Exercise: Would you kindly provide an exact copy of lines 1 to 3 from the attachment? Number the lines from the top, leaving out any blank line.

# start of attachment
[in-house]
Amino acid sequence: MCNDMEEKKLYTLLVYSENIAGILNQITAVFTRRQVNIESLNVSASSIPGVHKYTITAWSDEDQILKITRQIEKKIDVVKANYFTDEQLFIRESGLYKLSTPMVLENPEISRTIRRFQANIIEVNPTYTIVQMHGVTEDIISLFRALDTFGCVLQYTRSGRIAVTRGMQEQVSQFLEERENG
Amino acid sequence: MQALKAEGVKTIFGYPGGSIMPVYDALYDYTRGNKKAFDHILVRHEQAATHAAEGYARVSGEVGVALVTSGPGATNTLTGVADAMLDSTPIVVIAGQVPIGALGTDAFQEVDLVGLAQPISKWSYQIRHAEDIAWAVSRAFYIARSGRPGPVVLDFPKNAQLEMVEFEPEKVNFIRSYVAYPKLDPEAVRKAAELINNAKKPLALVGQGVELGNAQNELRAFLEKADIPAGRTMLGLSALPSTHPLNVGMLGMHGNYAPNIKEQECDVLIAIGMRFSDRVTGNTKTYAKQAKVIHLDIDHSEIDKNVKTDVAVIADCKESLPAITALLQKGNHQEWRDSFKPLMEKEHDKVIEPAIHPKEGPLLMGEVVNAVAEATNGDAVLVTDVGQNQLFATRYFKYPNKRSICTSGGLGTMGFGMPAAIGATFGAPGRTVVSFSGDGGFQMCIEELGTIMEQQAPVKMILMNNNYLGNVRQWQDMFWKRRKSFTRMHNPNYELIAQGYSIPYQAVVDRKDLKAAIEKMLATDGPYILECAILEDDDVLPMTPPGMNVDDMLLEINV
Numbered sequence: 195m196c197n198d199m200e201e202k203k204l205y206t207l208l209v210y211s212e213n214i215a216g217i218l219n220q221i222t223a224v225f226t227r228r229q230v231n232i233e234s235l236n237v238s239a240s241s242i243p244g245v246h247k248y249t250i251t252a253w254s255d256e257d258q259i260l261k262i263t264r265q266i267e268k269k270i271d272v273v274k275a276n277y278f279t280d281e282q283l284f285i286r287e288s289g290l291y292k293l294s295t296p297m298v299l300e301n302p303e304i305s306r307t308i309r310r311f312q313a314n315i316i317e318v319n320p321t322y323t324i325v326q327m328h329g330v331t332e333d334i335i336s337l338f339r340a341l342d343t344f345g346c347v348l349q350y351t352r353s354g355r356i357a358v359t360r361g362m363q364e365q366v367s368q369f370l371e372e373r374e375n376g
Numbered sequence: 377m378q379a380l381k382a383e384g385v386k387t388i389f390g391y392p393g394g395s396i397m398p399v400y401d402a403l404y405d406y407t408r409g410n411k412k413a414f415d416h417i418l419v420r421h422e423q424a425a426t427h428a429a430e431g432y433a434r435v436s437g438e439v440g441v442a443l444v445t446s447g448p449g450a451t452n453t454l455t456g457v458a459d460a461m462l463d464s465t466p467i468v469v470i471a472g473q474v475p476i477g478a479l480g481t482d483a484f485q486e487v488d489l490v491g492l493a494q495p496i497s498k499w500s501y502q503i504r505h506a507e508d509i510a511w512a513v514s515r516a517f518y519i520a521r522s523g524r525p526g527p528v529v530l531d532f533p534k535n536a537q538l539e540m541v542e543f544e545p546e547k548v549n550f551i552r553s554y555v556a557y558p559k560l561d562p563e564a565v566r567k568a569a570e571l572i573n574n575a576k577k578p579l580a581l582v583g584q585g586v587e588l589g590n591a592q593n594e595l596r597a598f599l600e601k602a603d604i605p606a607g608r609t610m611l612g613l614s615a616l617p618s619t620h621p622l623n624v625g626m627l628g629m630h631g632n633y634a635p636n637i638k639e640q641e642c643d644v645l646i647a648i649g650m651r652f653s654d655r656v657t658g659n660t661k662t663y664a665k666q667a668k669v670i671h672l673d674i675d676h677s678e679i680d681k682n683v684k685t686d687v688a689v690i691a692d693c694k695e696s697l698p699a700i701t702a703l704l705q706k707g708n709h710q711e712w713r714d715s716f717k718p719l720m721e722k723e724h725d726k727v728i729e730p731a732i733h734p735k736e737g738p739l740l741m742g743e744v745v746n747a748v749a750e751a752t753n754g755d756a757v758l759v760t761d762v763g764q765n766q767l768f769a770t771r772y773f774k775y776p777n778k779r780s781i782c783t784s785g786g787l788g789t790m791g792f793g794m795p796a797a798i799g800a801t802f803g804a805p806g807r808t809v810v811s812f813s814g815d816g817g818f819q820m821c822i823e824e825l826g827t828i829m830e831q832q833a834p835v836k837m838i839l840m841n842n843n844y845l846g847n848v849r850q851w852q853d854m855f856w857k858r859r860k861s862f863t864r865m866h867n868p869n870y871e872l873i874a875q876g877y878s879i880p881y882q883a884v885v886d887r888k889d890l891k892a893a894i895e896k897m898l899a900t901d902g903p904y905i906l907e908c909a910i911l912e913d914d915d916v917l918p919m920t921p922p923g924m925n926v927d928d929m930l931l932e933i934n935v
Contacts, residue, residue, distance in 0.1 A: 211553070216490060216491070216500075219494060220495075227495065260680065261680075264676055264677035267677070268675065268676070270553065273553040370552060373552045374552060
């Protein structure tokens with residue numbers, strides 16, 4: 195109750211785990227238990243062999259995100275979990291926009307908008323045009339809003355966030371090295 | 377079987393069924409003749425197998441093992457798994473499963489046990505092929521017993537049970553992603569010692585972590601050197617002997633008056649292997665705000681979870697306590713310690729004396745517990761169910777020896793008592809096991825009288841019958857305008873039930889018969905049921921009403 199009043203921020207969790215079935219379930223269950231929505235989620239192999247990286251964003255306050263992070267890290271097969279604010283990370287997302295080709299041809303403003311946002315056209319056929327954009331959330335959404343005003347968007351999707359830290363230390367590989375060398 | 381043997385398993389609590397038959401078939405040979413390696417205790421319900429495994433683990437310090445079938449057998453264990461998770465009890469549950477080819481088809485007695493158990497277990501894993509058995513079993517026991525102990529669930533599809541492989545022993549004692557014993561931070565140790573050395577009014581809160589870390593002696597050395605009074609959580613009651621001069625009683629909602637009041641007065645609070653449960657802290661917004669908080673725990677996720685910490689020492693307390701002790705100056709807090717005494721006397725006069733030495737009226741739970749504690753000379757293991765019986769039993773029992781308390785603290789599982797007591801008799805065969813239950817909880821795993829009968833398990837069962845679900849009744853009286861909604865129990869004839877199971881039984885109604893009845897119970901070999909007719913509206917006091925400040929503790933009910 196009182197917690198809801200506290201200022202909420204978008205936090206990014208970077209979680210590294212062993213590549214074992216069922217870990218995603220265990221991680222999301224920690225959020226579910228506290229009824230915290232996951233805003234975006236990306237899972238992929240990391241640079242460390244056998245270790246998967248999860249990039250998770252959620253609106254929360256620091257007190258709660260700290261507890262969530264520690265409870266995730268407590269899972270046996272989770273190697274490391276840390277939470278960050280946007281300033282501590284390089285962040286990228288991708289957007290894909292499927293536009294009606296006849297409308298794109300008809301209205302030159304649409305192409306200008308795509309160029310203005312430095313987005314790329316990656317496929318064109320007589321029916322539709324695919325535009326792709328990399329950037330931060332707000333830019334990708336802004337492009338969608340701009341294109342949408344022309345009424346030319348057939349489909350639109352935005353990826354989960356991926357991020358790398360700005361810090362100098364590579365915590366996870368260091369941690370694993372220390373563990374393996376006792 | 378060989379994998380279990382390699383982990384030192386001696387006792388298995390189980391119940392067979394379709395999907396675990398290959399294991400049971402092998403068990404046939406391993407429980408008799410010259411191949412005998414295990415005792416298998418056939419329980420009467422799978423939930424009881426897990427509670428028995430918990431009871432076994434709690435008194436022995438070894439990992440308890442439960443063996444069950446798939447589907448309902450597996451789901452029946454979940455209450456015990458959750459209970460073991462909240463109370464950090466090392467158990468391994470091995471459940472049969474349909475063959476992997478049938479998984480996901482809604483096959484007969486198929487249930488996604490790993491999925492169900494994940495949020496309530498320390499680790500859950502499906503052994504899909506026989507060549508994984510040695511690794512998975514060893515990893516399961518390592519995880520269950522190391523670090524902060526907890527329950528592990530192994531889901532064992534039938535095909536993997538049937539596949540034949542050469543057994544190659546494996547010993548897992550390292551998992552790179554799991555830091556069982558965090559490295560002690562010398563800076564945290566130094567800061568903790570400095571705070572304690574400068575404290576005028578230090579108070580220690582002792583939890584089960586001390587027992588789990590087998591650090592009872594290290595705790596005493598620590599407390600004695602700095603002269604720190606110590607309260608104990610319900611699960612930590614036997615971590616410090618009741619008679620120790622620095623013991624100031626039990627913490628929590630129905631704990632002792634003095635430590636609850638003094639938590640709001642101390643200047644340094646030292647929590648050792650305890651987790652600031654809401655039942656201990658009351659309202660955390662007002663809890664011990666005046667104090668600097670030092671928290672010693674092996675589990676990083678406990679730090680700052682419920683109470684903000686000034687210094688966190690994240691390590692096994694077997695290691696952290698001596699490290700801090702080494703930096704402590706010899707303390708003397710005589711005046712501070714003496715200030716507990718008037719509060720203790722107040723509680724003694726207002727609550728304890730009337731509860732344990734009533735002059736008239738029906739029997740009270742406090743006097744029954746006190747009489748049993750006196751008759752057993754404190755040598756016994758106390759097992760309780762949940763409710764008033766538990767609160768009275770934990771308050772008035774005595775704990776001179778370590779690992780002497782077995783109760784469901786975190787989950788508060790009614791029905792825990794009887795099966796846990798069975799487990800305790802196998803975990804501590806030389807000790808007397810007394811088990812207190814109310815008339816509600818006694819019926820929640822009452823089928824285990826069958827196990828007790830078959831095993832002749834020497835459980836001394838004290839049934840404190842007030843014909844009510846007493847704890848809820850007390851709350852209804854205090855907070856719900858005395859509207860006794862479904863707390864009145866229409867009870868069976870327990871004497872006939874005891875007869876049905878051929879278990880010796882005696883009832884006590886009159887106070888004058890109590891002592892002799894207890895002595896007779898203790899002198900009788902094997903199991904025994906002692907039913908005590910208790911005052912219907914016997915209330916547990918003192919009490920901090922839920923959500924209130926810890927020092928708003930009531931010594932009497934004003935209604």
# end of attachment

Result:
[in-house]
Amino acid sequence: MCNDMEEKKLYTLLVYSENIAGILNQITAVFTRRQVNIESLNVSASSIPGVHKYTITAWSDEDQILKITRQIEKKIDVVKANYFTDEQLFIRESGLYKLSTPMVLENPEISRTIRRFQANIIEVNPTYTIVQMHGVTEDIISLFRALDTFGCVLQYTRSGRIAVTRGMQEQVSQFLEERENG
Amino acid sequence: MQALKAEGVKTIFGYPGGSIMPVYDALYDYTRGNKKAFDHILVRHEQAATHAAEGYARVSGEVGVALVTSGPGATNTLTGVADAMLDSTPIVVIAGQVPIGALGTDAFQEVDLVGLAQPISKWSYQIRHAEDIAWAVSRAFYIARSGRPGPVVLDFPKNAQLEMVEFEPEKVNFIRSYVAYPKLDPEAVRKAAELINNAKKPLALVGQGVELGNAQNELRAFLEKADIPAGRTMLGLSALPSTHPLNVGMLGMHGNYAPNIKEQECDVLIAIGMRFSDRVTGNTKTYAKQAKVIHLDIDHSEIDKNVKTDVAVIADCKESLPAITALLQKGNHQEWRDSFKPLMEKEHDKVIEPAIHPKEGPLLMGEVVNAVAEATNGDAVLVTDVGQNQLFATRYFKYPNKRSICTSGGLGTMGFGMPAAIGATFGAPGRTVVSFSGDGGFQMCIEELGTIMEQQAPVKMILMNNNYLGNVRQWQDMFWKRRKSFTRMHNPNYELIAQGYSIPYQAVVDRKDLKAAIEKMLATDGPYILECAILEDDDVLPMTPPGMNVDDMLLEINV